We do not know IH's side of the story about the long-term test. Maybe they did not delay. So this thread is speculative. But I have not heard any good reason for IH to delay, and have just now thought of one!
So: assume that Rossi is 100% correct, IH did not find him a test site (and were not going to do so). Why is this?
IH, if sensible, would want to make sure that Rossi's independent test results (e.g. a hot-cat with COP=3 or so) could be reliably repeated before committing to the long-term test with 100 reactors and a lot of effort.
If, as I've been arguing, IH were stuck unable to substantiate Rossi's test results themselves (as they say), they would be very unwilling to move to this big test. After all, till they have got to the bottom of why stuff does not work for them maybe Rossi's tests were the problem and another test could equally be a problem.
It is also disproportionate effort and expense. The rule in engineering is you get a single unit to work reliably, characterise it, before moving to a complex 100 unit system. Their engineers would therefore would view the long-term 1MW test as premature. They presumably say this to Rossi, who is indignant. He wants to do the long-term test and get his $89M. IH do not publicise this awkward situation. It would be bad PR, and unprofessional to ait these arguments. If at any time in the long-term test they are able to resolve their doubts about Rossi's tests and get stuff to work, there is no problem.
There are several versions of this according to how much IH formally agree to the long-term test. As far as I can see the contract does not require them to agree to it.
The other issue is whether they agreed to Penon. I'd expect them to want a new ERV if uncertain about earlier tests. So either they could not change the ERV because the contract says he stays the same, or Rossi did this on his own without their agreement.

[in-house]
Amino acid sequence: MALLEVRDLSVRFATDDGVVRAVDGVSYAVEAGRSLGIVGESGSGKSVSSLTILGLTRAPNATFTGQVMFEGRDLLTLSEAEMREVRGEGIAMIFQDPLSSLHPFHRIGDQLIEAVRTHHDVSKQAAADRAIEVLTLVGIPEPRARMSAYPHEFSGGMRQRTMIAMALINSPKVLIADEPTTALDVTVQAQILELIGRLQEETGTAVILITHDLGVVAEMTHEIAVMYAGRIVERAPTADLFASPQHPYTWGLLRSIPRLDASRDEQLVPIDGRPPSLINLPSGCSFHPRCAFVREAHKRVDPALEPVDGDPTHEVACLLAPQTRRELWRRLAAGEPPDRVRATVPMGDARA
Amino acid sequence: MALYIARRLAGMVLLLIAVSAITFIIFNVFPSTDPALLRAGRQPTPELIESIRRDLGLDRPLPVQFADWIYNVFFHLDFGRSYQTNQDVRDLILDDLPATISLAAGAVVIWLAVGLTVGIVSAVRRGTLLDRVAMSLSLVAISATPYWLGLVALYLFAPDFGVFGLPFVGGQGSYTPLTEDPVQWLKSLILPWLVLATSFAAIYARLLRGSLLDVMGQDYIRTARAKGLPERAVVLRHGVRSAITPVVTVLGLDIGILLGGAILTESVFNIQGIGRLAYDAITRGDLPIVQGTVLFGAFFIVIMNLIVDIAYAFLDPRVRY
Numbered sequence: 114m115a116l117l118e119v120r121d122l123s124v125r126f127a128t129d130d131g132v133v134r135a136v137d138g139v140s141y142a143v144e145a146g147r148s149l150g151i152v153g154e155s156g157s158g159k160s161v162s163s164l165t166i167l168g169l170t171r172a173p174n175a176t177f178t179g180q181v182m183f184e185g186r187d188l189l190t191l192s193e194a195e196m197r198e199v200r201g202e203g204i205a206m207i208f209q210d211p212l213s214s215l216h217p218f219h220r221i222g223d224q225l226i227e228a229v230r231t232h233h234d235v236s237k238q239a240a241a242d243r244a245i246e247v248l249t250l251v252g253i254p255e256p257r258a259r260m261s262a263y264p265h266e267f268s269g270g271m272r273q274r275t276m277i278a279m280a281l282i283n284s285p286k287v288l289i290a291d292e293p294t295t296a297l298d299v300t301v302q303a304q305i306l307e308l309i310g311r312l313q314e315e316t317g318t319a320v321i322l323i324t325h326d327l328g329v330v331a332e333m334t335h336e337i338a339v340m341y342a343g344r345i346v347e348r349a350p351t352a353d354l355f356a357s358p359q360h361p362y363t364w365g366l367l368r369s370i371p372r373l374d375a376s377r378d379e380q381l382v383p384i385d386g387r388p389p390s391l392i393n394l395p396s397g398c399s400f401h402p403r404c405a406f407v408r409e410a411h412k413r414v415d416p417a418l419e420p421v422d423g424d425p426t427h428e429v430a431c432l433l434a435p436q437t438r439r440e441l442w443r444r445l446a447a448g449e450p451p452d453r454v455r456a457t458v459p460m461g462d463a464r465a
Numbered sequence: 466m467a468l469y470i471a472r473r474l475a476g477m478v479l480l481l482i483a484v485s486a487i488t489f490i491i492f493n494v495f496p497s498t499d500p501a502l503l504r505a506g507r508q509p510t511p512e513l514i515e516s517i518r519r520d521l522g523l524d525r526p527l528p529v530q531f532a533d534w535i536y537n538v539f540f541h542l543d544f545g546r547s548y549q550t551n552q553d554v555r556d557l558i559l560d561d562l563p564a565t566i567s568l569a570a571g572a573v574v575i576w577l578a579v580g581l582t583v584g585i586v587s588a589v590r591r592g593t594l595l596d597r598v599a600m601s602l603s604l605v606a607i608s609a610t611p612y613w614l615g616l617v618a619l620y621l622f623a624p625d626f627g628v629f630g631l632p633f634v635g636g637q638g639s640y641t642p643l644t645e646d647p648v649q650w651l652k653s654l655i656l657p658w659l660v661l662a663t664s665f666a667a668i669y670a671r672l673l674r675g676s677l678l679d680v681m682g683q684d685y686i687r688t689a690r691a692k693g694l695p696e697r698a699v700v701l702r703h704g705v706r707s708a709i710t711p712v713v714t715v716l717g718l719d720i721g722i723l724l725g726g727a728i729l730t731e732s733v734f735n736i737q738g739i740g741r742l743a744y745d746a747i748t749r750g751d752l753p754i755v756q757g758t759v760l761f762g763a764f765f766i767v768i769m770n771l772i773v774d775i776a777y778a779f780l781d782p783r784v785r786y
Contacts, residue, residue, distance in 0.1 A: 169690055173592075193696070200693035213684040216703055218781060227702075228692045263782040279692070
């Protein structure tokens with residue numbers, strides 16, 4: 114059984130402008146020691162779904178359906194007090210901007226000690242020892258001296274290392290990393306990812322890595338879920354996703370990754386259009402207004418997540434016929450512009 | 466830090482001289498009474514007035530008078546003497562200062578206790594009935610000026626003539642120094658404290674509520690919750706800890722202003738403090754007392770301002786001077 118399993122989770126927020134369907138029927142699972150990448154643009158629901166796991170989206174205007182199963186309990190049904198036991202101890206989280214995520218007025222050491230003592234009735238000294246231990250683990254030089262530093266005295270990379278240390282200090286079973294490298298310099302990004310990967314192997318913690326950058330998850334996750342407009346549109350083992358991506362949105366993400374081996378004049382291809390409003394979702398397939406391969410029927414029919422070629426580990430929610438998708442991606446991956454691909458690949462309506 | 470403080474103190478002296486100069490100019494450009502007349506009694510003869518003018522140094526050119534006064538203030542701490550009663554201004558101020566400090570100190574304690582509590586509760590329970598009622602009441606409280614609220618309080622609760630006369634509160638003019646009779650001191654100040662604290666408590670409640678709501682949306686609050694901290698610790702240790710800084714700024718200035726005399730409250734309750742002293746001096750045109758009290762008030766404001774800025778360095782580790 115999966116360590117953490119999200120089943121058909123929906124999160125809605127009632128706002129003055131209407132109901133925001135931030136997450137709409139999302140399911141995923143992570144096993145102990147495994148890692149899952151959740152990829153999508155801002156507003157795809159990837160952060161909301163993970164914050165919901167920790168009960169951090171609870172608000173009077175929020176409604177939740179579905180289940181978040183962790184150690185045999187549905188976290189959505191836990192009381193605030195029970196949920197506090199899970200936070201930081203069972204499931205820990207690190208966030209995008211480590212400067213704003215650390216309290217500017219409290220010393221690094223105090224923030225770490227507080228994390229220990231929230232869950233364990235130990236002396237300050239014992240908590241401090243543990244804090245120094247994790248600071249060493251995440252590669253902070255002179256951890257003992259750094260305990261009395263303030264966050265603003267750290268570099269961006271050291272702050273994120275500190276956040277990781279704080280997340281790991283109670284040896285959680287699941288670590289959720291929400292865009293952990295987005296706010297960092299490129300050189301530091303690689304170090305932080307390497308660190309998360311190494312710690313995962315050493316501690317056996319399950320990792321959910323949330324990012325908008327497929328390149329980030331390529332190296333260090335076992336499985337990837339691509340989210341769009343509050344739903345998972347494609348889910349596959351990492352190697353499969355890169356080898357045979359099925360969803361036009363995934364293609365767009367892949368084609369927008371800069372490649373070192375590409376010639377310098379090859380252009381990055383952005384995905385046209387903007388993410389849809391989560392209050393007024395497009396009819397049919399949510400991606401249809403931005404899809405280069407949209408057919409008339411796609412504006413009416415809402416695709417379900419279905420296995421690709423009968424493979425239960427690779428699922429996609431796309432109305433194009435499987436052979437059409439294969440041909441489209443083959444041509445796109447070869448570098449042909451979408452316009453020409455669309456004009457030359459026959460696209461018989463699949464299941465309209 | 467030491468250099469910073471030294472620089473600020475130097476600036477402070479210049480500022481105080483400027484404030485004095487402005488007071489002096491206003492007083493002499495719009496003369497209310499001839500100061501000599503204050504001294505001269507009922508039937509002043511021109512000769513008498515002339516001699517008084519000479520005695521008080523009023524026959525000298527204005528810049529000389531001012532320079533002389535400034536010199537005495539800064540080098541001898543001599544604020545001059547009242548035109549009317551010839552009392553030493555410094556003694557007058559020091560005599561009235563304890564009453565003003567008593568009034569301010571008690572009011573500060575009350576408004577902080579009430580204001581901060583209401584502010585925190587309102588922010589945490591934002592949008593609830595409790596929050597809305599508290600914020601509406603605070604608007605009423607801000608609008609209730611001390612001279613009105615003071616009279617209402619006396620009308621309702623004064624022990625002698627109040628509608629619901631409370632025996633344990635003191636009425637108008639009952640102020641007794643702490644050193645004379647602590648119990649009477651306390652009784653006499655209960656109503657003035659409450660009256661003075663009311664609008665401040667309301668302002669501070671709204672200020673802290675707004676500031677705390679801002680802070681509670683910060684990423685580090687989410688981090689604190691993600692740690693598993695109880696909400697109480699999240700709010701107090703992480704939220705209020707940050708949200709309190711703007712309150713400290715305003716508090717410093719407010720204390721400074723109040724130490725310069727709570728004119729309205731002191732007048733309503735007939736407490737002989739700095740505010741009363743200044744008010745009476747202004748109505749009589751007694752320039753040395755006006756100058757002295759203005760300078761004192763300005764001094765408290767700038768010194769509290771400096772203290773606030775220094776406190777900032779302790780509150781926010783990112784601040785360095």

I'd not expect IH to make a detailed description of their relationship with Rossi in an immediate PR. It would be highly unprofessional and also not helpful for the legal action defense. We may get a bit more information within 3 weeks when they make their formal reply to Rossi's action.
Also, it is worth realising that IH's position would be gradually changing from optimistic to pessimistic as they discover more about the operation of Rossi's devices and maybe look again at the 6 positive tests and realise they are not quite what they seem.
Who thinks they knew the full mistake in the Lugano measurements (which when corrected gives COP=1 and critically no acceleration, so no evidence of an exothermic reaction) when they paid $10M, when Rossi started the long-term test? They were saying very positive things about it quite late in the day. All they need do is look at my refutation and get a competent physicist to check it and their views would become quite a lot more negative, because at that point they would also no longer trust the two Ferrara tests. (I know the Lugano mistake could not occur so easily in Ferrara but they would lose trust in the testers).
Maybe this did not happen. But it could be?